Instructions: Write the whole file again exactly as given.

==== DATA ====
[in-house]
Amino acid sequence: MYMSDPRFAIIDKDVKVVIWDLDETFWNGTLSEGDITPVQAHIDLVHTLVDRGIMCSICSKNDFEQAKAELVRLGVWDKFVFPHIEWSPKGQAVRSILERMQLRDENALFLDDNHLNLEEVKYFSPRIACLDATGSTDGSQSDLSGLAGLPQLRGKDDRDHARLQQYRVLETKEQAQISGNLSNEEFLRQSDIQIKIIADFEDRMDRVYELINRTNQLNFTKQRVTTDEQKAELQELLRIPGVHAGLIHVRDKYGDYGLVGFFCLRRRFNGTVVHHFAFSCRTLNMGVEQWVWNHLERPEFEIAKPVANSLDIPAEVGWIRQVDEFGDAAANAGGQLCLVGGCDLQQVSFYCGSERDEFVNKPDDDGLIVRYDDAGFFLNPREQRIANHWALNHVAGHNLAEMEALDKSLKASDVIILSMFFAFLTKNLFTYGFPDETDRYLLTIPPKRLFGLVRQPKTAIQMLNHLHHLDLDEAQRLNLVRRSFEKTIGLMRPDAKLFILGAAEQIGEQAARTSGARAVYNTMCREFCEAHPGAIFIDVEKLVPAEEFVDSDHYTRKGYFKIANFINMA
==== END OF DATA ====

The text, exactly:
[in-house]
Amino acid sequence: MYMSDPRFAIIDKDVKVVIWDLDETFWNGTLSEGDITPVQAHIDLVHTLVDRGIMCSICSKNDFEQAKAELVRLGVWDKFVFPHIEWSPKGQAVRSILERMQLRDENALFLDDNHLNLEEVKYFSPRIACLDATGSTDGSQSDLSGLAGLPQLRGKDDRDHARLQQYRVLETKEQAQISGNLSNEEFLRQSDIQIKIIADFEDRMDRVYELINRTNQLNFTKQRVTTDEQKAELQELLRIPGVHAGLIHVRDKYGDYGLVGFFCLRRRFNGTVVHHFAFSCRTLNMGVEQWVWNHLERPEFEIAKPVANSLDIPAEVGWIRQVDEFGDAAANAGGQLCLVGGCDLQQVSFYCGSERDEFVNKPDDDGLIVRYDDAGFFLNPREQRIANHWALNHVAGHNLAEMEALDKSLKASDVIILSMFFAFLTKNLFTYGFPDETDRYLLTIPPKRLFGLVRQPKTAIQMLNHLHHLDLDEAQRLNLVRRSFEKTIGLMRPDAKLFILGAAEQIGEQAARTSGARAVYNTMCREFCEAHPGAIFIDVEKLVPAEEFVDSDHYTRKGYFKIANFINMA